Rohan Prasad Guest Writer
I have attended ASL for fourteen years.
In this time I have read Hamlet and Romeo and Juliet; I have read The Odyssey and Antigone. I have scrutinized texts like The Great Gatsby and Great Expectations.
I have studied the stories of the American Revolution and the brilliance of the Roman Empire. I have been on the beaches of D-Day and mourned at the graves of dead soldiers.
The line between all these might be obvious, or it might not: these stories are all blindingly white.
In my fourteen years at ASL, I have read exactly two books by a person of color. I have studied the civilizations of India, West Africa and Native America almost exclusively in the way that white people colonized, enslaved and pillaged them. I have heard these tales from the textbooks of white people, read to me like scripture by white teachers.
I suppose that this is for a reason. I suppose that in order to learn the narrative structure that has so profoundly impacted British Literature, you have to read the works of Charles Dickens. And I suppose that to understand modern politics and history, you have to learn about white people’s feuds during the Cold War.
But something is missing.
I feel that there’s something – a perspective, an awareness – that even white geniuses like Shakespeare or Fitzgerald cannot grasp. I wonder: what do they really know about being an orphaned boy stranded on the streets of Harlem? Or about a teenage girl immigrating from Iran in an age of islamophobia? A kidnapped slave transported across the Atlantic? The rage of a colonized people?
If these authors do have some limit to their literary prowess, then we readers are also limited by their perspectives. And, especially in the formative years of high school, we are shaped by the perspectives of white men.
You need not look far to see these effects. From departing faculty of color, I hear about the subtle micro-aggressions, or questions from parents about whether they really are a teacher. I see students of color changing the clothes they wear and the way they act in order to assimilate. I see the way that we treat — or rather, ignore — the staff at this school. I see the way that white senior boys heckle women on the tube to After Prom, consumed with the ego and arrogance that comes with white privilege.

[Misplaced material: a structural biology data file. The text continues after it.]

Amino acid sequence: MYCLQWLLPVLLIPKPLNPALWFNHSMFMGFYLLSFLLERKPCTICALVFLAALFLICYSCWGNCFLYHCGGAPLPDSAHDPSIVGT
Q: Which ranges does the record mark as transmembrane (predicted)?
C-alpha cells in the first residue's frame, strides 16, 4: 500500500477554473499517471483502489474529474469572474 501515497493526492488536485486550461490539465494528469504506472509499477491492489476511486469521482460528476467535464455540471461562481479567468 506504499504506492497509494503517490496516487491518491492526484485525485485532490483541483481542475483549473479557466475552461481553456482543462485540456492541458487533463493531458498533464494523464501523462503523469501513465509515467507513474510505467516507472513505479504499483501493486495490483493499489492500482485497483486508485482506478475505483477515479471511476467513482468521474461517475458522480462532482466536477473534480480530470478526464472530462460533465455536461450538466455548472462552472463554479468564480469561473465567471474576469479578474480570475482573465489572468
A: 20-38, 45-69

It would be naive to think that this is purely because of the literature that we read, but I wonder how things would be otherwise. How awful would it be to learn about composition not from Homer’s Odyssey, but Lu Ji’s Wen Fu? Or the horrors of colonization not from Joseph Conrad’s Heart of Darkness, but Chinua Achebe’s Things Fall Apart? Or the tragedy of class division not from Charles Dickens’ Great Expectations, but Malorie Blackman’s Noughts and Crosses?
I know it’s hard to veer away from our Western canon – the “classic” books that have “stood the test of time.” I would argue, however, that we have an obligation to just that. ASL endlessly professes its diversity and cultural competency, but when I look at the texts we read, those statements seem empty.
Doing this properly means integrating these texts into English 9-10, so that we learn from the work of other cultures just as much as we revere the canon. It means taking these texts out of silos – courses like Asian Literature or Race and Culture – and into spaces where far more students can appreciate them.
It means that these texts are for everyone. Because we do not read books to develop our poetic prowess or skills with winding metaphors. We read them to learn from voices that we could never imagine or encounter. We read them to learn about worlds we could never know. That is the beauty of literature – a beauty that I hope we can appreciate at this school.